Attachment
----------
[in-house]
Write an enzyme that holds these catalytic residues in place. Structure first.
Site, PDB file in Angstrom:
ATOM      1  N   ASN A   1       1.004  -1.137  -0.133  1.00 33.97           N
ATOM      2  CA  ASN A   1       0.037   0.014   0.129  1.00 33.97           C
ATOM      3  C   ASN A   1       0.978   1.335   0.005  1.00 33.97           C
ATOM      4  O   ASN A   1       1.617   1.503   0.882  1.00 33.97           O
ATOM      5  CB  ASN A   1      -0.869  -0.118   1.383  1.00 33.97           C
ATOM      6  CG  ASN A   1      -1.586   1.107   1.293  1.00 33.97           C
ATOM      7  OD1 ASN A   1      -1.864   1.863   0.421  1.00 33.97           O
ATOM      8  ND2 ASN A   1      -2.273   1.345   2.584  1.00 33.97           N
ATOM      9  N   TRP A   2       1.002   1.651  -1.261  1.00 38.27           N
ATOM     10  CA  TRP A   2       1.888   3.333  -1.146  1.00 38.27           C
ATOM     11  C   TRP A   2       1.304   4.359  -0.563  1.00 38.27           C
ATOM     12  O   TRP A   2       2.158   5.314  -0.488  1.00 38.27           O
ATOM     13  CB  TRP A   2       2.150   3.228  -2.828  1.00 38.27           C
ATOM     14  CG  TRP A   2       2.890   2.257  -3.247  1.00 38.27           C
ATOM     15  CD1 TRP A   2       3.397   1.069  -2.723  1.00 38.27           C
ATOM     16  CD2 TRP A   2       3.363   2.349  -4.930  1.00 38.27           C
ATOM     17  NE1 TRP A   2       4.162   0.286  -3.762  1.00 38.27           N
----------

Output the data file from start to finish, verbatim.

[in-house]
Write an enzyme that holds these catalytic residues in place. Structure first.
Site, PDB file in Angstrom:
ATOM      1  N   ASN A   1       1.004  -1.137  -0.133  1.00 33.97           N
ATOM      2  CA  ASN A   1       0.037   0.014   0.129  1.00 33.97           C
ATOM      3  C   ASN A   1       0.978   1.335   0.005  1.00 33.97           C
ATOM      4  O   ASN A   1       1.617   1.503   0.882  1.00 33.97           O
ATOM      5  CB  ASN A   1      -0.869  -0.118   1.383  1.00 33.97           C
ATOM      6  CG  ASN A   1      -1.586   1.107   1.293  1.00 33.97           C
ATOM      7  OD1 ASN A   1      -1.864   1.863   0.421  1.00 33.97           O
ATOM      8  ND2 ASN A   1      -2.273   1.345   2.584  1.00 33.97           N
ATOM      9  N   TRP A   2       1.002   1.651  -1.261  1.00 38.27           N
ATOM     10  CA  TRP A   2       1.888   3.333  -1.146  1.00 38.27           C
ATOM     11  C   TRP A   2       1.304   4.359  -0.563  1.00 38.27           C
ATOM     12  O   TRP A   2       2.158   5.314  -0.488  1.00 38.27           O
ATOM     13  CB  TRP A   2       2.150   3.228  -2.828  1.00 38.27           C
ATOM     14  CG  TRP A   2       2.890   2.257  -3.247  1.00 38.27           C
ATOM     15  CD1 TRP A   2       3.397   1.069  -2.723  1.00 38.27           C
ATOM     16  CD2 TRP A   2       3.363   2.349  -4.930  1.00 38.27           C
ATOM     17  NE1 TRP A   2       4.162   0.286  -3.762  1.00 38.27           N